NCSC advice for Equifax customers

Created:  09 Sep 2017
Updated:  10 Oct 2017
Advice for Equifax customers affected by the recent cyber incident.

Equifax has today confirmed that a file containing 15.2m UK records dating from between 2011 and 2016 was attacked in the cyber incident that took place in May 2017.

If you have been told by Equifax that security details from your membership account – such as password and secret questions - have been accessed, you should ensure those details are not used on any other accounts. NCSC advises that passwords are managed carefully across online services and more information can be found on the NCSC website.   

Another risk to UK citizens affected by this data breach is that they could be on the receiving end of more targeted and realistic phishing messages. Fraudsters can use the data to make their phishing messages look much more credible, including using real names and statements such as:

'To show this is not a phishing email, we have included the month of your birth and the last 3 digits of your phone number'.

These phishing messages may be unrelated to Equifax and may use more well-known brands. It is unlikely that any organisations will ask their customers to reset security information or passwords as a result of the Equifax breach, but this may be a tactic employed by criminals. The NCSC guidance on protecting yourself from phishing still applies.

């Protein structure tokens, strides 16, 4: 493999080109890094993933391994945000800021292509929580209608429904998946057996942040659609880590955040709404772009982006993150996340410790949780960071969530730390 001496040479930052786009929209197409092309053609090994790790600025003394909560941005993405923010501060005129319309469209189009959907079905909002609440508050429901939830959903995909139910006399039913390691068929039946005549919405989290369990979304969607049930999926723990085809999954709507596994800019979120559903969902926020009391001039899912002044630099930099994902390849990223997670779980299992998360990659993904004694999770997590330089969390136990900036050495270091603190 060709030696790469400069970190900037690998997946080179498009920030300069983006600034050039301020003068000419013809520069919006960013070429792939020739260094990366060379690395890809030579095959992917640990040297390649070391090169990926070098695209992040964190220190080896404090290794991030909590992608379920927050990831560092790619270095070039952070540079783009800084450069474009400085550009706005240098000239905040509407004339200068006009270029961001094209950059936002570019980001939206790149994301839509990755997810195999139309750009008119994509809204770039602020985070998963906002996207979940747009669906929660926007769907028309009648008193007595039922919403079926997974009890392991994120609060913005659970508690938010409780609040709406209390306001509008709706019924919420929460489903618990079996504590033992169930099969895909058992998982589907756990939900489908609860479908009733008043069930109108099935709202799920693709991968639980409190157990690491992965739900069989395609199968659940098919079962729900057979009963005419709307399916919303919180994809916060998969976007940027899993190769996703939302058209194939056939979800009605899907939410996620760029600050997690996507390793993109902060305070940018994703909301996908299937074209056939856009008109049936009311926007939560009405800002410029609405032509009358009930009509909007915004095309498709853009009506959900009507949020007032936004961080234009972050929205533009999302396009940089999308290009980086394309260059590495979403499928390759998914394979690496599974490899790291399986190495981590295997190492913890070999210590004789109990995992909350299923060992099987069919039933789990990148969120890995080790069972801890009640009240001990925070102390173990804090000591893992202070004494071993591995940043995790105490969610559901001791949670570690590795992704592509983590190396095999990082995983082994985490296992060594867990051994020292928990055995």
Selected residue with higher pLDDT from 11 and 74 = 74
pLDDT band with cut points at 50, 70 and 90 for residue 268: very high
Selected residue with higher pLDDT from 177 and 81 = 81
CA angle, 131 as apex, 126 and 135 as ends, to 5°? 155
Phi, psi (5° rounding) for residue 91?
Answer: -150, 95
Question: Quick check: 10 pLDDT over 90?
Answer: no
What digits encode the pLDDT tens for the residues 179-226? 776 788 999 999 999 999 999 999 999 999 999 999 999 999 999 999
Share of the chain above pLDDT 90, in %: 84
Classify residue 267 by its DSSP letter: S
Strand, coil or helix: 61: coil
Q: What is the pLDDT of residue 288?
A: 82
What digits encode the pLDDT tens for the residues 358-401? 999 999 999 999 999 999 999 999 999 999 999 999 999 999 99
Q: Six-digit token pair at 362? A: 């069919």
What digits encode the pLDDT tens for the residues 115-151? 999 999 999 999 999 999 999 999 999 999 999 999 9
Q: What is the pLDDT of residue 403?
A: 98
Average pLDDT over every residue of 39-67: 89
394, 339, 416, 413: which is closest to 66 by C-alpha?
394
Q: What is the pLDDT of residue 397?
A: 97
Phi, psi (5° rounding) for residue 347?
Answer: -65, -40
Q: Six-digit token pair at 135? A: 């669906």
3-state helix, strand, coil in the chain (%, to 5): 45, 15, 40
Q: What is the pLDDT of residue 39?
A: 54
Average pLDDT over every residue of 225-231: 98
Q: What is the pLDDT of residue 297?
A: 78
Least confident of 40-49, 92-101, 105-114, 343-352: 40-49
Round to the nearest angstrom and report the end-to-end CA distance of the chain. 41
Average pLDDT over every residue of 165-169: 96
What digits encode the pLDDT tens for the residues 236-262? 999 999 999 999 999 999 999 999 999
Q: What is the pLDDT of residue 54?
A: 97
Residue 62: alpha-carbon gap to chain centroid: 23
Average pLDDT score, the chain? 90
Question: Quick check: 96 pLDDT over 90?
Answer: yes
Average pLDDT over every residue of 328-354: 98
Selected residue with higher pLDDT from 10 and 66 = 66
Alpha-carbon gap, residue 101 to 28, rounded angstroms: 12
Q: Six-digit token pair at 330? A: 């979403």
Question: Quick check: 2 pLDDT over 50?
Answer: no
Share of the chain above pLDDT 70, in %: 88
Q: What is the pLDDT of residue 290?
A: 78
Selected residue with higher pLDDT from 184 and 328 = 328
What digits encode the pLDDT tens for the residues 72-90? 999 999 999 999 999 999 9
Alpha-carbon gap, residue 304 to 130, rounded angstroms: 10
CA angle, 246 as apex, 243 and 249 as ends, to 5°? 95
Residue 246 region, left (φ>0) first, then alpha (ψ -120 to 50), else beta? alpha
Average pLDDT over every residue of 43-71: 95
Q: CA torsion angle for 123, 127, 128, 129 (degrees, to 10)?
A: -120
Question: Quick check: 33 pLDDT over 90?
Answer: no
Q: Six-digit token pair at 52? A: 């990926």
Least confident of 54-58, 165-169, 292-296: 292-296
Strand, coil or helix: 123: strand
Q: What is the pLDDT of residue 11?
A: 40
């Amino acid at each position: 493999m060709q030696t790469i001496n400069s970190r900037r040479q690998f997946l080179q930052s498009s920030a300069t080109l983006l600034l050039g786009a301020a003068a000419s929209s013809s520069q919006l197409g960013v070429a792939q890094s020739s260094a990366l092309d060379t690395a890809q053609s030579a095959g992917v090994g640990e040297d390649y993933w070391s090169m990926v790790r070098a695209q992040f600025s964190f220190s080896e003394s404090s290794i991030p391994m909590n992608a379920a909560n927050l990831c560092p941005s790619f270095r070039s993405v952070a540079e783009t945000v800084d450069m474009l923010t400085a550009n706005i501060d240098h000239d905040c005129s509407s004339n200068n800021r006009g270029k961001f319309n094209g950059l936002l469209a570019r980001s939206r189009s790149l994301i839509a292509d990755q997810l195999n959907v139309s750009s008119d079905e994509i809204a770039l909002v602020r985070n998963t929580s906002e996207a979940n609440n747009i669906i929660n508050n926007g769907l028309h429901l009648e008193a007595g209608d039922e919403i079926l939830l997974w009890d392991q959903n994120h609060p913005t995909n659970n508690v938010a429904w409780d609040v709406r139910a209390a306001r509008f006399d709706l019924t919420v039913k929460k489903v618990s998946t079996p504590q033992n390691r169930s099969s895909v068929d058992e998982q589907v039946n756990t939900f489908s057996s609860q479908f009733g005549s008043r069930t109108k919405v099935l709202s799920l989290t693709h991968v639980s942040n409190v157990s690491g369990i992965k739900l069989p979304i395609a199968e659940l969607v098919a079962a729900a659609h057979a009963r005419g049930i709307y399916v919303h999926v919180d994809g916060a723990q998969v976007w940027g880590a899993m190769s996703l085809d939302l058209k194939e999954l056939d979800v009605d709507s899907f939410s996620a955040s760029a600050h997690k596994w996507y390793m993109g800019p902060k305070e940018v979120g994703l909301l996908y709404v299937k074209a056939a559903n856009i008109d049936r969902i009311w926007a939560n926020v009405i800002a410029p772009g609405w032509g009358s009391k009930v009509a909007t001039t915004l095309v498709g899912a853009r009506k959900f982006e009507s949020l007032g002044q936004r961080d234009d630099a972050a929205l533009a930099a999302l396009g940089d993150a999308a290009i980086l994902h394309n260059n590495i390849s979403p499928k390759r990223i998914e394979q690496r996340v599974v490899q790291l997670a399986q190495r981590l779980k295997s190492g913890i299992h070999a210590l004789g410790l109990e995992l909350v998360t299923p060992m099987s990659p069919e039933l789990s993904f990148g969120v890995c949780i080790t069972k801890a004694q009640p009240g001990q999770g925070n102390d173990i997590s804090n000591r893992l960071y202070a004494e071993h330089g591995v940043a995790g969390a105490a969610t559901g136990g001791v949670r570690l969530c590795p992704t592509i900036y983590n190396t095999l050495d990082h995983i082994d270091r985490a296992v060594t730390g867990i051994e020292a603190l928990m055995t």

Usually, if you are the target of a phishing message, your real name will not be used.  However, in this case, if fraudsters have your name, people will need to be extra vigilant around any message that purports to be from an organisation they deal with - especially when there are attachments or links which take people to sites asking for more personal information.

Fraudsters may also call. If you do receive a phone call that is suspicious - for example by asking you for security information - do not divulge any information, and hang up. Next, pick up the phone and make sure there is a dial tone to ensure the caller is not still on the line. You should then contact the organisation the caller claimed to be from – never using the details they provided during the call.

The NCSC, with Equifax and partners including the NCA, ICO and FCA, continues to examine this incident and should further information come to light about the extent and nature of the impact on the UK, we will provide further updates and advice as soon as we can.

Members of the public can report a cyber incident using Action Fraud’s online fraud reporting tool anytime of the day or night, or call 0300 123 2040. For further information visit

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